As the last few minutes of the first AP Chemistry midterm wound down to an end in November, the sound of pencils scratching across the paper and erasers squeaking across crumpling paper rose to a crescendo.
The timer finally went off as some students desperately quickened their writing speeds to get their last answers down while others threw their hands up in surrender.
The following week, when AP Chemistry teacher Kathy Nakamatsu announced the midterm point total would be decreased from 60 to 52 in order to reach an 80 percent class average, relief washed over the class.
Although this curve provided a grade boost to all students, it also meant that the initial average score was just over a 69 percent.
For many students and parents who are sucked into the stereotypical hyper competitive, AP-hoarding, GPA-junky Saratoga culture, getting a test grade below a B is borderline heresy.
In actuality, classes such as AP Physics have average test and quiz grades that regularly drop below 80 percent. Luckily for the many students who would be on the verge of heart attacks after receiving such scores, physics teacher Kirk Davis “power-curves” the scores up to a B or B-minus average in such a way that the lower scores get a larger grade increase and vice versa.
While such low averages may seem unusual and unwarranted, these low averages reflect the difficult nature of the material.
AP classes are meant to be challenging, and unlike regular courses, students are expected to go far beyond the taught curriculum and apply what they have learned in different contexts. Often times, students do not and should not know how to do every problem on a test.
Although some would argue that it is unfair for students to be tested on questions that apply learned concepts in unfamiliar ways, if a student were familiar with every problem on an exam, the exam would instead be emphasizing regurgitation over critical thinking.
Exams should give students types of problems that they haven’t seen before and aren’t necessarily comfortable doing in order to prevent them from merely memorizing the necessary steps to solve certain kind of problem rather than fully understanding the overall concept.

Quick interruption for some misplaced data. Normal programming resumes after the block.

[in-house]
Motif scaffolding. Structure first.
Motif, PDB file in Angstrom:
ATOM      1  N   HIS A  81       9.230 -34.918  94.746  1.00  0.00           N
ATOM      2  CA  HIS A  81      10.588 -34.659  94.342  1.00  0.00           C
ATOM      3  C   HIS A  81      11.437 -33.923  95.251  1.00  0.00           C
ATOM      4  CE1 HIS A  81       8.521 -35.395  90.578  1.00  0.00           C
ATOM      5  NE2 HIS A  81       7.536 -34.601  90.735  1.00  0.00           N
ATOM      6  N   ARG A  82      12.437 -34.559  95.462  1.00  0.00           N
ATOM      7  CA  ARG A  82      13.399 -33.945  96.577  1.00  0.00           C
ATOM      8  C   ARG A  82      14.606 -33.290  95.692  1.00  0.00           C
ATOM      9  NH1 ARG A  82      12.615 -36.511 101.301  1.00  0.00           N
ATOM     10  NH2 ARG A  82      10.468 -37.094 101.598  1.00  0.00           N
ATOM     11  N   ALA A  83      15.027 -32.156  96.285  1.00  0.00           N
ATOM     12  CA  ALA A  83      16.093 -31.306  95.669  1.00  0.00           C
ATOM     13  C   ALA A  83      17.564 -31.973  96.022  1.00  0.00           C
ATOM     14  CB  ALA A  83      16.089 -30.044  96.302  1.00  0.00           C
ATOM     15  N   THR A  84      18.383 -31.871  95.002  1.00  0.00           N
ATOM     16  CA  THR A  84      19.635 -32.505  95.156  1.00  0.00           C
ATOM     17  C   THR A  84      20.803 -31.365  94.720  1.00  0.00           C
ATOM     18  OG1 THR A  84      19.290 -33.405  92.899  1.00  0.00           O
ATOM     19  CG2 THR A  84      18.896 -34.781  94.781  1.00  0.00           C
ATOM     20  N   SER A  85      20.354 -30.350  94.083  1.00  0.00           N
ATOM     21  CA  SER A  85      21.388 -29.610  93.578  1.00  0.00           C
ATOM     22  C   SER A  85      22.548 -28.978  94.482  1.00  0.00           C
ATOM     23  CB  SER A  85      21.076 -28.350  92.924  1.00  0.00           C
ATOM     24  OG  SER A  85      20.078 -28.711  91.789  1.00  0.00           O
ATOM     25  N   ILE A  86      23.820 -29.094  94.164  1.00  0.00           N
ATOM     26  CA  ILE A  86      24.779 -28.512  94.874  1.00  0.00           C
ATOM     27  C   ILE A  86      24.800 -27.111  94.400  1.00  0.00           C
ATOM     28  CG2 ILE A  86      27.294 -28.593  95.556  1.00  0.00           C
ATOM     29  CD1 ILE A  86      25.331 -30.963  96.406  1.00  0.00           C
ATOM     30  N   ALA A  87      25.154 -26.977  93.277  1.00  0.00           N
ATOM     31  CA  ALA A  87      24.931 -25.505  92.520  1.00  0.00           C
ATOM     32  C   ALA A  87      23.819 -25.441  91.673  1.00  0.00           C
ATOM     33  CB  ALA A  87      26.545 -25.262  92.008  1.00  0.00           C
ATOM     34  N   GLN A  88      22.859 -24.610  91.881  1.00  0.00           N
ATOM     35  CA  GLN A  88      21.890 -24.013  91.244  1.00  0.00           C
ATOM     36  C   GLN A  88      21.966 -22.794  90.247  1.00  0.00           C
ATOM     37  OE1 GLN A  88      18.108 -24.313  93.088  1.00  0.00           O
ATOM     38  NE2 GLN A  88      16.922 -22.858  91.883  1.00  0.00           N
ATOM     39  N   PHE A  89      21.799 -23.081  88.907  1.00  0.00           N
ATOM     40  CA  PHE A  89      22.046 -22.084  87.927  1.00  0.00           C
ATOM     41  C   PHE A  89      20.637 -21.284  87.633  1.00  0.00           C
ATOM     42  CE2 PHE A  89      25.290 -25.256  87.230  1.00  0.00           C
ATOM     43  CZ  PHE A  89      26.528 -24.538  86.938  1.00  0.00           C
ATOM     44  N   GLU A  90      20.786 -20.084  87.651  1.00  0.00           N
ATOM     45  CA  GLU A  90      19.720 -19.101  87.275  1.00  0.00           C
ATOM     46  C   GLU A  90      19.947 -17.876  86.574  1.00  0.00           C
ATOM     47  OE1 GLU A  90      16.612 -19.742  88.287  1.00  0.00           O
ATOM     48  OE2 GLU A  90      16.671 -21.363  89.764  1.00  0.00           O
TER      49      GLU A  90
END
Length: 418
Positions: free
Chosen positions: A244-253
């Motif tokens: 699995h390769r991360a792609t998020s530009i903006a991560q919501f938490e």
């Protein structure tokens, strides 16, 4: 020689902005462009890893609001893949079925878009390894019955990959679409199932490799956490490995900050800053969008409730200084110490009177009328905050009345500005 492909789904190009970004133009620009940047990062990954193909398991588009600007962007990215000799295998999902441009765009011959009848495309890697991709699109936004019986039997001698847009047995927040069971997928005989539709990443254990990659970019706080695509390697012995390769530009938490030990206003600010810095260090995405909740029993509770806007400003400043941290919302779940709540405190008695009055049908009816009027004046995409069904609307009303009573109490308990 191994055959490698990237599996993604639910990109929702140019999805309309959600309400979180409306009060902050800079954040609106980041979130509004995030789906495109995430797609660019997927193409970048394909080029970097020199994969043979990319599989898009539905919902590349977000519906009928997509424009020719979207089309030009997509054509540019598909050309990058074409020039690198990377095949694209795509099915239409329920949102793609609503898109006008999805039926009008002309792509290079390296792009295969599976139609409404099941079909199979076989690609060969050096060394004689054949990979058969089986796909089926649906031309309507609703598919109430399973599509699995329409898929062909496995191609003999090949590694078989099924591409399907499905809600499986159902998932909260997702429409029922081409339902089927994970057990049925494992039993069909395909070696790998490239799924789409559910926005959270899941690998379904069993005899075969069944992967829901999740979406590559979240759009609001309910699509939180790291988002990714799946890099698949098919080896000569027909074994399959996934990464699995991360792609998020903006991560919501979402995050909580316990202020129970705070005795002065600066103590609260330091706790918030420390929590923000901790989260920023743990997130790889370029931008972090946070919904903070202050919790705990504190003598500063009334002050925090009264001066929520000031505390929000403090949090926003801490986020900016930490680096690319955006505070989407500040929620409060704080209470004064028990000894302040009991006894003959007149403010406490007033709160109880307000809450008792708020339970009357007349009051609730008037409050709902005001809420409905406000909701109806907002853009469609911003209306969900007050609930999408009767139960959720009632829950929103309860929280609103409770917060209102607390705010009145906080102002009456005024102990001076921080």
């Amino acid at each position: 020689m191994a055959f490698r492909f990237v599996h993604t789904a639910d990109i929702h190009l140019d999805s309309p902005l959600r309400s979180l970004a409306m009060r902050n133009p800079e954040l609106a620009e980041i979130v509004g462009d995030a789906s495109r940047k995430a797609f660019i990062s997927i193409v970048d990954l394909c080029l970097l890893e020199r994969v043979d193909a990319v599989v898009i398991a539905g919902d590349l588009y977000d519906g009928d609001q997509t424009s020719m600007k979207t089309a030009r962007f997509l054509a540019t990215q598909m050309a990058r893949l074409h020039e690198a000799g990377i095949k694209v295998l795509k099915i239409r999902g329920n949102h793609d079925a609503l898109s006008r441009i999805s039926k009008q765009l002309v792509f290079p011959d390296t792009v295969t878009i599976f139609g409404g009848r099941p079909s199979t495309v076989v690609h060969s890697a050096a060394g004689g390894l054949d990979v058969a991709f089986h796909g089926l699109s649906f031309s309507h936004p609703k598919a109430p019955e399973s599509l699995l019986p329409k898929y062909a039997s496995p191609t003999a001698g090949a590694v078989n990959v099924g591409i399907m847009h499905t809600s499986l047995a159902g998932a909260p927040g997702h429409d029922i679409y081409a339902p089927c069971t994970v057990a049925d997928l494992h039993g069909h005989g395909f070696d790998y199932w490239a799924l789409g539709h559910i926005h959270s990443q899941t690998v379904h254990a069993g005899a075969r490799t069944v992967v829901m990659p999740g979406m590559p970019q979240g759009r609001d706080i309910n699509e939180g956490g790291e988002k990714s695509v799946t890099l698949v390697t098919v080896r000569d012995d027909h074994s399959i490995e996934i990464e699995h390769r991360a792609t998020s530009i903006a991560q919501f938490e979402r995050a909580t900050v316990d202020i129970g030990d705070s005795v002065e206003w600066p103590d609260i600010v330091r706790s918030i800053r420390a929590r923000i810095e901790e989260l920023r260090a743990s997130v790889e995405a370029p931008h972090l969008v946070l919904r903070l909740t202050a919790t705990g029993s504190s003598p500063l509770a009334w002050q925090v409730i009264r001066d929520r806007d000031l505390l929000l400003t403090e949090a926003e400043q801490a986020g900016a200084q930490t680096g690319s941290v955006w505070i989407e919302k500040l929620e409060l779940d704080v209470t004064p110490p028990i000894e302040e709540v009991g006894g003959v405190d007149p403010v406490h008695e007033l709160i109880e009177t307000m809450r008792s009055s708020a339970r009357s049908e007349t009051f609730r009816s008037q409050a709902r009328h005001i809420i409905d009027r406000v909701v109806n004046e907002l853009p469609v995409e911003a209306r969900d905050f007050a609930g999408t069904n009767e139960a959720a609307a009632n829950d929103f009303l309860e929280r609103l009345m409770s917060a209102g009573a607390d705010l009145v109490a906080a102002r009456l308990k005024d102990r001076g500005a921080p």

These kinds of exams do run the risk of discouraging students from taking challenging classes due to fear of failure, which is why a curve can be important to prevent students from dropping a class due to a single bad grade on a difficult test.
Making several mistakes on an exam should not prompt students to give up and take an easier class. In fact, missing problems on a test can enrich a student’s learning experience if the student takes the time to review his or her mistakes. After all, if a student aced every test, he or she would hardly learn anything in the class.
In the case of last year’s AP Chemistry midterm, the average score was well in the C range and was curved up to an 80 percent. Almost all students reviewed the test in class or during tutorial as even students who ended with A’s on the exam due to the curve had missed problems and were able to learn from their mistakes and achieve a greater understanding of the material.
On the following midterm, scores rose significantly and a curve was unnecessary.
While some students may find getting a low score demoralizing even if it were bumped up with a curve, this disappointment acts as preparation for college courses in which exam grades can often drop below 50 percent.
Additionally, writing a good test is difficult in both high school and college, so tests often include overly tricky questions. Curves can prevent students from being punished due to an overabundance of unintentionally confusing questions.
Furthermore, these difficult exams prepare students for AP exams, which also often have low average scores and large curves to compensate.
For example, according to tweets from Trevor Packer, the head of the AP examinations for the College Board, students scored extremely low on certain sections of the 2016 AP Biology exam. For 2 of the 8 free-response questions, 50 to 66 percent of students got zero points, and for the entire grid-in section, more than 50 percent of students got zero or one point. Still, more than 60 percent of students scored over a 3 on the AP Biology exam.
Despite the merits of challenging and highly curved tests, not all tests should be difficult to the point where a massive curve is necessary. If every test were heavily curved, students would be able to get decent grades without knowing certain basic concepts as long as they were able to get the majority of other questions mostly correct and rely on the curve to keep their grade high.
Some easier, more surface level quizzes or tests are needed to make sure students must know all basic concepts to get a good grade.
In AP and Honors classes, having a low average test score and a high curve on certain exams is not indicative of failure. More often, it shows that students are being challenged with problems that focus on critical thinking and applying learned skills to new situations and problems.
Although not all tests should be challenging to the point of having a below-C average and a large curve, this kind of testing should be embraced and not discouraged in the school’s AP and Honors classes.